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AARP AARP States Advocacy

AARP President to Speak at Hawaii Gerontological Conference

Jeannine English
Eli Meir Kaplan

AARP national president, Jeannine English, is coming to Hawaii to deliver a keynote presentation at the Hawaii Pacific Gerontological Society Conference on Monday, September 29 (8:45 a.m.) at the Hyatt Regency Waikiki Beach Resort.

English will talk about the Age-Friendly City initiative, a partnership between the City and County of Honolulu, AARP Hawaii, and the World Health Organization’s Global Network of Age-Friendly Cities and Communities. Announced by city officials in March, 2014, the initiative is intended to prepare Honolulu for rapid aging and accelerating urbanization.

A recent U.S. Census report ranked urban Honolulu as having one of the highest percentages of people age 65 in the country – and the highest percentage of people age 85+.

English’s visit coincides with the release of a new survey of Oahu adults that ranks affordable home health care and housing among the greatest needs facing city residents as our population ages. The 2014 AARP Livable Communities Survey in Honolulu, Hawaii of Adults Age 45+ identifies the needs of older residents as well as gaps in community features and services. The survey will be used as a baseline to help city planners develop an action plan to prepare to address community needs and priorities in the future.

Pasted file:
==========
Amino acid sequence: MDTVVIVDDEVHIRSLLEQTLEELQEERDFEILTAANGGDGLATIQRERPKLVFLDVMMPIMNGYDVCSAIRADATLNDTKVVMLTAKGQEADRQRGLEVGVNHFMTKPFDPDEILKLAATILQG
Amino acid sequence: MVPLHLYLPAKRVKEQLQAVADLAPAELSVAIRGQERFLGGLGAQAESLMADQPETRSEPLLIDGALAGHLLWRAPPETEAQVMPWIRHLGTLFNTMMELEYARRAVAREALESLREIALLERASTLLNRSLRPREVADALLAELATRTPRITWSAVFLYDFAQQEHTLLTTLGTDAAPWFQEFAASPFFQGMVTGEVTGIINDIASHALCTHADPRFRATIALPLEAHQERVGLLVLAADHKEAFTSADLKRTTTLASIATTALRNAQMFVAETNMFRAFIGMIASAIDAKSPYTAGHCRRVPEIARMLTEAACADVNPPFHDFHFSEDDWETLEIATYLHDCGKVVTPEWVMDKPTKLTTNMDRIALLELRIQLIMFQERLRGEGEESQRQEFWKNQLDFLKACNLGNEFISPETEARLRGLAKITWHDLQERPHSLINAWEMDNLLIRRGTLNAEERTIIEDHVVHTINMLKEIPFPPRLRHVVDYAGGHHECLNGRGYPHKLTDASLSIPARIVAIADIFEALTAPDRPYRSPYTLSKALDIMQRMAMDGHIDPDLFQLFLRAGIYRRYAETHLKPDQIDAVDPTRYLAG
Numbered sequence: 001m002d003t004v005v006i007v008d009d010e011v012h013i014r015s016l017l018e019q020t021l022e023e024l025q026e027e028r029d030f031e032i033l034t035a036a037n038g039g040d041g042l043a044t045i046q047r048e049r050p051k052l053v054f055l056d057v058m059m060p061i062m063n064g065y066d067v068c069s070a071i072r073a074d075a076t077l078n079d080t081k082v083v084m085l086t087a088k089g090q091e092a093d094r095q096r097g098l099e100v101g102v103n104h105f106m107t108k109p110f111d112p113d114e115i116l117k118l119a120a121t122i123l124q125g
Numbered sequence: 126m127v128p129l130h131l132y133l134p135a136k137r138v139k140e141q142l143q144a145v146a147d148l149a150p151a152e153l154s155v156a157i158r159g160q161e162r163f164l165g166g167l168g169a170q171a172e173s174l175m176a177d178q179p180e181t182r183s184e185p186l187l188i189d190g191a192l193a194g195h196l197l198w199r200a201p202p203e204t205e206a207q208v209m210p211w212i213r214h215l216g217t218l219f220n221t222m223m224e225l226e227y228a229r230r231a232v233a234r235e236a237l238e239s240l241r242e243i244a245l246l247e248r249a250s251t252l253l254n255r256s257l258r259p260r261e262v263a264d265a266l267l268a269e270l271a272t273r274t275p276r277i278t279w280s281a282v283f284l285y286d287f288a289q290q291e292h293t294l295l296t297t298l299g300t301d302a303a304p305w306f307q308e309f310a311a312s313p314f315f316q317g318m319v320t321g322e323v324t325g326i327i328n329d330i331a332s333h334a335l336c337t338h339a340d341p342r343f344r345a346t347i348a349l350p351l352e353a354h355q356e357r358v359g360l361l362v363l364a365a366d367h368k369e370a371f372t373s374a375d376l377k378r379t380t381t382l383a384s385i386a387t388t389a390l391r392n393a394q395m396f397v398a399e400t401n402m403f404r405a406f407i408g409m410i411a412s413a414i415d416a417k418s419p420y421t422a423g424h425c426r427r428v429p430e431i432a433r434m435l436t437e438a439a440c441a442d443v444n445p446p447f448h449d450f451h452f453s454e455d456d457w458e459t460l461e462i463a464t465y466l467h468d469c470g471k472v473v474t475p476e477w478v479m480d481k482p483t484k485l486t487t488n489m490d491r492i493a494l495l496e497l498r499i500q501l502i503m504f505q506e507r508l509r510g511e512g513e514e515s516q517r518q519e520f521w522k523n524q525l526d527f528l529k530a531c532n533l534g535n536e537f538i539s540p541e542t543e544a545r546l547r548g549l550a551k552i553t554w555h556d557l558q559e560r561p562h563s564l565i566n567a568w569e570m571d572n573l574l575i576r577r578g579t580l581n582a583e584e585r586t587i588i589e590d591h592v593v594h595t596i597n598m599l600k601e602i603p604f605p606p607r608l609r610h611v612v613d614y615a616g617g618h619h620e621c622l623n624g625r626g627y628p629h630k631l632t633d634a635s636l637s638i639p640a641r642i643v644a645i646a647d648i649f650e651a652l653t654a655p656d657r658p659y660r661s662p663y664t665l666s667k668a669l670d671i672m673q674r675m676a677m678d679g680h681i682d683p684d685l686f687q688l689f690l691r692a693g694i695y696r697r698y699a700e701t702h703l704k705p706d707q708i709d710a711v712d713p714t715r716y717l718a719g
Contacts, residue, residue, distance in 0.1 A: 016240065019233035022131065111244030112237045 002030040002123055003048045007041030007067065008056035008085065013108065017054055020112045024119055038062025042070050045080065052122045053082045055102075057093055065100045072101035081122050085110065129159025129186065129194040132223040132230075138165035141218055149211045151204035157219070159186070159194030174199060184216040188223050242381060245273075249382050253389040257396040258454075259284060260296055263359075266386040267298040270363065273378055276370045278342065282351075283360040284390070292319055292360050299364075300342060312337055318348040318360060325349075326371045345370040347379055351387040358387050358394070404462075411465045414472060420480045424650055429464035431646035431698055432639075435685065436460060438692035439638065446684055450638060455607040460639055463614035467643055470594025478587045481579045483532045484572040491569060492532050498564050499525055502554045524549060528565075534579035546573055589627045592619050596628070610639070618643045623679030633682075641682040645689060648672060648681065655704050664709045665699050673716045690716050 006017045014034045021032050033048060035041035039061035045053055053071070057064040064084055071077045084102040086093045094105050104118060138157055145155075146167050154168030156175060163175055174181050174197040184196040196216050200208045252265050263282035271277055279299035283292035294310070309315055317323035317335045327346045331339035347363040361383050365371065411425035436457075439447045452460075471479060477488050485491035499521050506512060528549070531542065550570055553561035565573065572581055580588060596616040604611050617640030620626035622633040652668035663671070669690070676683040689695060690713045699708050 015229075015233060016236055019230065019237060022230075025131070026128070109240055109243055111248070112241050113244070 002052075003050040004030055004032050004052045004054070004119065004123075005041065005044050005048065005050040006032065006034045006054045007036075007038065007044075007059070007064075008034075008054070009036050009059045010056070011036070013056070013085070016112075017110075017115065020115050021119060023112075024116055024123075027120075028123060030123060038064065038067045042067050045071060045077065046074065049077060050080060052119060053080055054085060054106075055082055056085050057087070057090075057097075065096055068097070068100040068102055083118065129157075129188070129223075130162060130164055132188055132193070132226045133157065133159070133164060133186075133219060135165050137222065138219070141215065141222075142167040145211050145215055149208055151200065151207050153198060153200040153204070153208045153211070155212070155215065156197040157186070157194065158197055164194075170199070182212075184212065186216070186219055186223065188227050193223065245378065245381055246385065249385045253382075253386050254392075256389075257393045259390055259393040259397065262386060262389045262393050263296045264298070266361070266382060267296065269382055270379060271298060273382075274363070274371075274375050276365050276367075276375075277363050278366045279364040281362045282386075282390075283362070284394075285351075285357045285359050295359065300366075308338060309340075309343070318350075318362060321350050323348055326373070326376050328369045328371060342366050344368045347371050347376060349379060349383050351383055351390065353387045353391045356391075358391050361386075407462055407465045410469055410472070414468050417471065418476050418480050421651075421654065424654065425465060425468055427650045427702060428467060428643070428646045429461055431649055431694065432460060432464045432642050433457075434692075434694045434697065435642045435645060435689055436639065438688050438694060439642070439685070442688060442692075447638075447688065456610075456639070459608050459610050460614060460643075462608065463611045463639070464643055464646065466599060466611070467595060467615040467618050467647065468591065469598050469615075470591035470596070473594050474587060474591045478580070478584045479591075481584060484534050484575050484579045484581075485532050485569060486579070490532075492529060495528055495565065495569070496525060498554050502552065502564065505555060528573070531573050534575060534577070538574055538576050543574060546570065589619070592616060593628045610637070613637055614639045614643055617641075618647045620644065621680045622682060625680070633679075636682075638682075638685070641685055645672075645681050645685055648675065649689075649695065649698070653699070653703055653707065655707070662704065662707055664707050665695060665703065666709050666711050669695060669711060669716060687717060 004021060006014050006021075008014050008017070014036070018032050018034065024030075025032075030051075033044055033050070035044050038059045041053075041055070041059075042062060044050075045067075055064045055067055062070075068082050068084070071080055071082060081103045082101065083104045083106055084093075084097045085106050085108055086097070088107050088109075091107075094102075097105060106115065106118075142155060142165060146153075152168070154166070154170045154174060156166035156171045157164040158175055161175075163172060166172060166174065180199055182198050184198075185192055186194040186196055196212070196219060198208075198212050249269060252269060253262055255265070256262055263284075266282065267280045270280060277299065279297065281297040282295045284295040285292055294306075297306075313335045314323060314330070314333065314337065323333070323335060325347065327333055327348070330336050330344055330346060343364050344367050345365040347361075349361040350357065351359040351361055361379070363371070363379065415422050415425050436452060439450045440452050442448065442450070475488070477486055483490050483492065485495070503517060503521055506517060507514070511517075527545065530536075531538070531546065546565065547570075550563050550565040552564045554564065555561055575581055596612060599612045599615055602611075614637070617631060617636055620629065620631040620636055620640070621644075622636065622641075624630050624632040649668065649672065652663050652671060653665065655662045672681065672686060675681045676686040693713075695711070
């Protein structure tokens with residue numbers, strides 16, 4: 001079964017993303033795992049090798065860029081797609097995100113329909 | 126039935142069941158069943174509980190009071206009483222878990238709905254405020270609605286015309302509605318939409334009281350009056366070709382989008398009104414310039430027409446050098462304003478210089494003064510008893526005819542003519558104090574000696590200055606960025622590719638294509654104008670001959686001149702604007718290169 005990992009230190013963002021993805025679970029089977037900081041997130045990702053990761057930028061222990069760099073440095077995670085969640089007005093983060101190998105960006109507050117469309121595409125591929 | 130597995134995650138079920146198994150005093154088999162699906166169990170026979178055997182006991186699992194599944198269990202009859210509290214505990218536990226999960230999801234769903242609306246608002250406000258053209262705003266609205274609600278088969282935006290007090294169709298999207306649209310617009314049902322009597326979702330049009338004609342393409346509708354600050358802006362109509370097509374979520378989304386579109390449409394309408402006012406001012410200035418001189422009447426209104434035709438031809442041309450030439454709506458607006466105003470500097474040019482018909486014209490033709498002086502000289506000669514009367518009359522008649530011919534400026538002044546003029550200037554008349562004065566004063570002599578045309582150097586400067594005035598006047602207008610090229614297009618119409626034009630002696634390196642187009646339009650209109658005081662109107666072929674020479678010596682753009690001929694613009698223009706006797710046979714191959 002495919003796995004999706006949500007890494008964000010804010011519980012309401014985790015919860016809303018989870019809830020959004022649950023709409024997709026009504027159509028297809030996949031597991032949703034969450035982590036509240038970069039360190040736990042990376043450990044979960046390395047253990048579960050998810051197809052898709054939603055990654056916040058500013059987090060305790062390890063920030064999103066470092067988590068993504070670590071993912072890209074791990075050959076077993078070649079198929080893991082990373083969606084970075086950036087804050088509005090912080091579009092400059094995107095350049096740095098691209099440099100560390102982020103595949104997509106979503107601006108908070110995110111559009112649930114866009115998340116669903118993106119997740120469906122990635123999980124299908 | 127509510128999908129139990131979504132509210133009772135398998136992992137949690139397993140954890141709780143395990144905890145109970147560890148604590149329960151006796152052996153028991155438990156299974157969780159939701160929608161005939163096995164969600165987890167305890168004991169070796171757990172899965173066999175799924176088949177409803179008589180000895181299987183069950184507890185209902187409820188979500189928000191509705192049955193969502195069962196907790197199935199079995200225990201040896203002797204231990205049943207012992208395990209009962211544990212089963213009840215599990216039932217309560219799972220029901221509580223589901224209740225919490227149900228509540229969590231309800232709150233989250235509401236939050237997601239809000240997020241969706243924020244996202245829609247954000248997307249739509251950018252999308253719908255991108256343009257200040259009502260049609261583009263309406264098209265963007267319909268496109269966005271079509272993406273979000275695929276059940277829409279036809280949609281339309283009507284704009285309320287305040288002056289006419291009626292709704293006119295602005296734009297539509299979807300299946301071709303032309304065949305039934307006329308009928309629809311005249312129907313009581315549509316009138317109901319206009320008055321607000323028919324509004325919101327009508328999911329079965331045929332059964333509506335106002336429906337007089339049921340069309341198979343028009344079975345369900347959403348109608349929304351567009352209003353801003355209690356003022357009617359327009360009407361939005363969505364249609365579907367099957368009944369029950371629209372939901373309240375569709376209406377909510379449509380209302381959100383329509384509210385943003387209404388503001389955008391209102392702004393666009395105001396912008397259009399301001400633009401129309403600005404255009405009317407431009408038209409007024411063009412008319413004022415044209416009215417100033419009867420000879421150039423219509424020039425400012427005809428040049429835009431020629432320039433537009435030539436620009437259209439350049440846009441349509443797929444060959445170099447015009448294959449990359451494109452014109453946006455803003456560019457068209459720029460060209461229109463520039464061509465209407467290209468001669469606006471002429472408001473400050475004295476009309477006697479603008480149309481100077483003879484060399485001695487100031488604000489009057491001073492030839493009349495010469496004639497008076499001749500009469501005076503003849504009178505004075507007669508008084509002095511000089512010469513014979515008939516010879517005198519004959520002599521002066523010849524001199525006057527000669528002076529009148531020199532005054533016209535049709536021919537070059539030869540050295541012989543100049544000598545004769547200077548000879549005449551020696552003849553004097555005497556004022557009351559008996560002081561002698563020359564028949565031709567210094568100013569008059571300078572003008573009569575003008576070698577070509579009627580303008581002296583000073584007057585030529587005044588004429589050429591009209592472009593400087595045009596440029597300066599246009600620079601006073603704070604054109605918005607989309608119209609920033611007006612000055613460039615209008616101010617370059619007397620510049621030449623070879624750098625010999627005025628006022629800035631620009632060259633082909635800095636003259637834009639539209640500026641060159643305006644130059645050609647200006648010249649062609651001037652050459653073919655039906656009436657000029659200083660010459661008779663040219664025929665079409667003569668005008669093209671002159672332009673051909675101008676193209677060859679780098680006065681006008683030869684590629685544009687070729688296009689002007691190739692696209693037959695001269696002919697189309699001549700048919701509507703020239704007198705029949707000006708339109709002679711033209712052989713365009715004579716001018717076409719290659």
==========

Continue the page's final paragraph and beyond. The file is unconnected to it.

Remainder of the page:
Overall, survey respondents rated community and health services as the most important area – with reliable emergency ambulance service, well-maintained hospitals and health care facilities, and affordable health services given highest priority. Residents ages 45-64 identified affordable home health care as the greatest need - or gap - in the community.

The report is based on data from a mail survey of 7,500 residents on the island of Oahu, of which 607 useable surveys were returned for a response rate of 8.5 percent. The survey has a margin of error of +/- 4.0 percent.

AARP is a nonprofit, nonpartisan organization with nearly 150,000 members in Hawaii. AARP helps people turn goals and dreams into real possibilities, strengthens communities, and fights for the issues that matter most to families – including healthcare, employment and income security, retirement planning, affordable utilities, and protection from financial abuse.

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